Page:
Project management platform Basecamp isn’t based in Silicon Valley. It doesn’t even have employees there. That’s not stopping it from paying its employees like they live there, though.
In a bold move, Basecamp has announced it will pay its small remote team of 55 a living wage for San Francisco, starting in 2018. Moreover, it’s paying employees what they’d find at a tech firm like Apple or Google:
Starting 2018, Basecamp is paying everyone as though they live in San Francisco and work for a software company that pays in the top 10% of that market (compared to base pay + bonus, but not options).
We don’t actually have anyone who lives in San Francisco, but now everyone is being paid as though they did. Whatever an employee pockets in the difference in cost of living between where they are and the sky-high prices in San Francisco is theirs to keep.
This latest move is an evolution of Basecamp’s own internal salary examinations. In July 2017, Basecamp defended its choice to pay all employees what they’d earn if they were based in the company’s home city of Chicago, saying: “Chicago isn’t the top of the market — you’ll find higher rates in Silicon Valley or New York — but it’s not far off either. So whether you live in Tennessee or Arizona or Alaska or Illinois, we pay the same.”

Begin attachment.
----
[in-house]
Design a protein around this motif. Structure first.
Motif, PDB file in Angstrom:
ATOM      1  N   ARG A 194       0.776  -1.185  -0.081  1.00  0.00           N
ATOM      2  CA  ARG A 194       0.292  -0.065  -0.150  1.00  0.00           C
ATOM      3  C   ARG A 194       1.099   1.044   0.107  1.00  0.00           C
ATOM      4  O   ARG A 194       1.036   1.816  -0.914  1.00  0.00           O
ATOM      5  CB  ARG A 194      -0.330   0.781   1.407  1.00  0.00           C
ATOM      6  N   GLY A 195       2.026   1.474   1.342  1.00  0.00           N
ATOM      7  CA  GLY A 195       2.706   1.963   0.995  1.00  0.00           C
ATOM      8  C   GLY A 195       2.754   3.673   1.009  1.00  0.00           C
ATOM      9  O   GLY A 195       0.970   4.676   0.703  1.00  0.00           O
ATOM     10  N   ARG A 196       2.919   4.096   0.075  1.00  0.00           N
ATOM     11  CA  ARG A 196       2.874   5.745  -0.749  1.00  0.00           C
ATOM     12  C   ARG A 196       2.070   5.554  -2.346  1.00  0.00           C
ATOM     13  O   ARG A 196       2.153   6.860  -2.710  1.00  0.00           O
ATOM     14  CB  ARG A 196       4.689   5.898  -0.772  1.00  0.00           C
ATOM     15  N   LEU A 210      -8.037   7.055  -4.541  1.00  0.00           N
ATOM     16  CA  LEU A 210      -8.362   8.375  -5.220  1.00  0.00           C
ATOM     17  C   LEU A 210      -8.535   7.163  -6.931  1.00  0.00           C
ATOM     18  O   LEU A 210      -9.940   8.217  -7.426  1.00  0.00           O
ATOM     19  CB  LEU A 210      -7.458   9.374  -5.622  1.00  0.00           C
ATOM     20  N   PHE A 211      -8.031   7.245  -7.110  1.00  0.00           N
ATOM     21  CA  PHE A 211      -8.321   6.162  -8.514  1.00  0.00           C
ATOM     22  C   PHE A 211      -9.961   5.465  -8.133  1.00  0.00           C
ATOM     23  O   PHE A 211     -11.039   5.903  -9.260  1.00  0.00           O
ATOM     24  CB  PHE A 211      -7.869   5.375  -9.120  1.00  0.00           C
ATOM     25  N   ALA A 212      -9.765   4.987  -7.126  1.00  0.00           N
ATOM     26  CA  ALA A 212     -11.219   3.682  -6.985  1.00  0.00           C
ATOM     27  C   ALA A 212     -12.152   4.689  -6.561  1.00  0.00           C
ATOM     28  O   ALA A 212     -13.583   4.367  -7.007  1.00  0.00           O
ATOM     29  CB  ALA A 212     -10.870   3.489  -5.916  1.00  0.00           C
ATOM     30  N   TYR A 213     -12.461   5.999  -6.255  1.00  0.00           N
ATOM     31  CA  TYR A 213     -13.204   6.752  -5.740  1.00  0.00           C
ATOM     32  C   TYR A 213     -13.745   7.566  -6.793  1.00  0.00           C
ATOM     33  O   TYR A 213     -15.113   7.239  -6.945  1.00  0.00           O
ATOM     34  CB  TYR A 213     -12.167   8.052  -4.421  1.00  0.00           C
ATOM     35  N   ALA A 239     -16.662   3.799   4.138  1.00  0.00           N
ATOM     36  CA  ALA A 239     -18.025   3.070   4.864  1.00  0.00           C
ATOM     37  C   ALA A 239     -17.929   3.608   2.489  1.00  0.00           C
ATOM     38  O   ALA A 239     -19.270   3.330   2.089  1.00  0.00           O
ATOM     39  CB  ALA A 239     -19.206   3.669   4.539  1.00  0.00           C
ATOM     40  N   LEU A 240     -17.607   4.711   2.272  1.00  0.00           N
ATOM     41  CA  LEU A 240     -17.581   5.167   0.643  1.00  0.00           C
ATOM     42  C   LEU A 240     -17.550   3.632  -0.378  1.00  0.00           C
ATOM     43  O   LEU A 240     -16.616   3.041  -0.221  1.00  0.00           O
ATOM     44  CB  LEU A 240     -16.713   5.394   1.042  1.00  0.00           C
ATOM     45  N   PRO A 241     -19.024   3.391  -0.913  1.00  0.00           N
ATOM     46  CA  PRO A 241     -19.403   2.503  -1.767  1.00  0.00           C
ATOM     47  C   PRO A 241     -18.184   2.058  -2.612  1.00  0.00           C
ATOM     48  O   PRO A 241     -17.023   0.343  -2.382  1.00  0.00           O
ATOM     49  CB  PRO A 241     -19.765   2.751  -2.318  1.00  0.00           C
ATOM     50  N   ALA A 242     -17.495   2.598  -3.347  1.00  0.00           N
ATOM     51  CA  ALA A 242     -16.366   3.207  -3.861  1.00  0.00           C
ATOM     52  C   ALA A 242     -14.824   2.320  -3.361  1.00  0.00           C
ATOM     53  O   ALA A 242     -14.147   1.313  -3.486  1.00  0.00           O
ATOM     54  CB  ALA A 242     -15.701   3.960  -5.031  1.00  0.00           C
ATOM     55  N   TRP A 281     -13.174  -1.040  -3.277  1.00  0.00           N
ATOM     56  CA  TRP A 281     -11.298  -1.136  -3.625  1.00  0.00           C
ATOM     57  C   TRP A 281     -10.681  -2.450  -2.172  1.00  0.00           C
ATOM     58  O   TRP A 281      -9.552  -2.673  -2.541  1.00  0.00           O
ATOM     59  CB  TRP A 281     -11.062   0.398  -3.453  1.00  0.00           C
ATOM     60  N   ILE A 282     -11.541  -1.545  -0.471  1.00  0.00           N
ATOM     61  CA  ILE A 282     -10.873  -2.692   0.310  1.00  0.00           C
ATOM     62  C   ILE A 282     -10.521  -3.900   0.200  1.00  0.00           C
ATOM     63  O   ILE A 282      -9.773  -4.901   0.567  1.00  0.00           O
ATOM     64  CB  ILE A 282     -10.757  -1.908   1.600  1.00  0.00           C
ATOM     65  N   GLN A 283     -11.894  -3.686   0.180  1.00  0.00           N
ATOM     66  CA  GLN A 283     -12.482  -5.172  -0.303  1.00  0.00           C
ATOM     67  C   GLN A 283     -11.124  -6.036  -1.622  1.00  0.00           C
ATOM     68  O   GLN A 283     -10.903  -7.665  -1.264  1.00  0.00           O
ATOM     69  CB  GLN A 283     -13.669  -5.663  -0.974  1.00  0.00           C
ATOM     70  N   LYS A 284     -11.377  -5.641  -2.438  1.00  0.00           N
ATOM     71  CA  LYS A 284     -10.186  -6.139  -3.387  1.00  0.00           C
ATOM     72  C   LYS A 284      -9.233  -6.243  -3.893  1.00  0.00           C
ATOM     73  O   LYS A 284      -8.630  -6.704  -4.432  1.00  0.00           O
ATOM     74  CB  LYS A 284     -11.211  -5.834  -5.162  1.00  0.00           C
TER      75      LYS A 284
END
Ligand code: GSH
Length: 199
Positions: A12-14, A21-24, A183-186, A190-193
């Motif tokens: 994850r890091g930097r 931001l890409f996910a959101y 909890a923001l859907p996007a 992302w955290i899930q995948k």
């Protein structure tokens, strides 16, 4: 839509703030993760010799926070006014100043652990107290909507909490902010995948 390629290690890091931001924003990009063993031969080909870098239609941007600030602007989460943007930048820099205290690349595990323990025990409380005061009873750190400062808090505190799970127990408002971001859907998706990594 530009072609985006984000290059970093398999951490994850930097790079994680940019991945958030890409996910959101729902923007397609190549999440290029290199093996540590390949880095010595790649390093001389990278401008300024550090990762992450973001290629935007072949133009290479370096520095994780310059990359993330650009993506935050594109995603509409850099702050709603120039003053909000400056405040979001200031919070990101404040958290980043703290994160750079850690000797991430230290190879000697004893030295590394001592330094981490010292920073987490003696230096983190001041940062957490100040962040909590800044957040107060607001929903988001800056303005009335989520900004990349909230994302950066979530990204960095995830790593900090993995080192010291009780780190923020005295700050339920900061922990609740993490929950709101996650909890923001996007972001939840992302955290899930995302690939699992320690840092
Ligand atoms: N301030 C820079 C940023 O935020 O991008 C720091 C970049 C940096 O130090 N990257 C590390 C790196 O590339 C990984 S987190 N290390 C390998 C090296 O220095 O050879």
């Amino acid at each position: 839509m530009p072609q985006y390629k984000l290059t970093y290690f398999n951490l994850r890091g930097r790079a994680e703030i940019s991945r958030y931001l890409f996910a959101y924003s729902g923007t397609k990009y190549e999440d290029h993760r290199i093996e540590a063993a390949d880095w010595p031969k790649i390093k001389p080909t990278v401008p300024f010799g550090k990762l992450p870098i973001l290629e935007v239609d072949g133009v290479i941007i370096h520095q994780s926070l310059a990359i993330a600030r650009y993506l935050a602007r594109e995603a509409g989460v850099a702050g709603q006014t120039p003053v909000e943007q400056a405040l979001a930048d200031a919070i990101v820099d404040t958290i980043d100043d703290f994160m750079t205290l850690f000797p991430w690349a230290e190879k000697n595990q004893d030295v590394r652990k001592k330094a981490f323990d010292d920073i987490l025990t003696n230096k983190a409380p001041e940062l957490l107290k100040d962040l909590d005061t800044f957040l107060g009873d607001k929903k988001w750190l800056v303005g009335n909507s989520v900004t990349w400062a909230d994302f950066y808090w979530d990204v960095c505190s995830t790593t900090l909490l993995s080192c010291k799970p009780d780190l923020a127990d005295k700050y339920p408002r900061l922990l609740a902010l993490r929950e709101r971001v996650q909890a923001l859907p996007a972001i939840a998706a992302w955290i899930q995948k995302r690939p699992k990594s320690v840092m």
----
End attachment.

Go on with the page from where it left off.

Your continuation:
Basecamp is setting a precedent, not a trend. It’s a dedicated remote-first employer, making good use of talent where they live without asking them to relocate for arbitrary reasons. Keeping everyone on the same pay scale also helps quell any questions as to who may be getting paid more based on where they live.
As co-founder David Heinemeier Hanson writes: “Jason and I surely could get away with paying people in Chattanooga the rates of that market. Or people in Tampa that. Or those in Portland that. It’s how most companies do it. But in what other part of the business do we look at what we can merely get away with? Are we trying to make the bare minimum of a product we can get away selling to customers? Are we looking to do the bare minimum of a job marketing our business? No.”
That argument brings up some interesting talking points. Should companies pay based on where employees are located, or a more industry-standard rate? Is it wise to argue you should be earning San Francisco money at your Tampa-based firm? There’s no right or wrong answers to those questions, but Basecamp has provided a blueprint we hope many more companies follow in 2018 and beyond.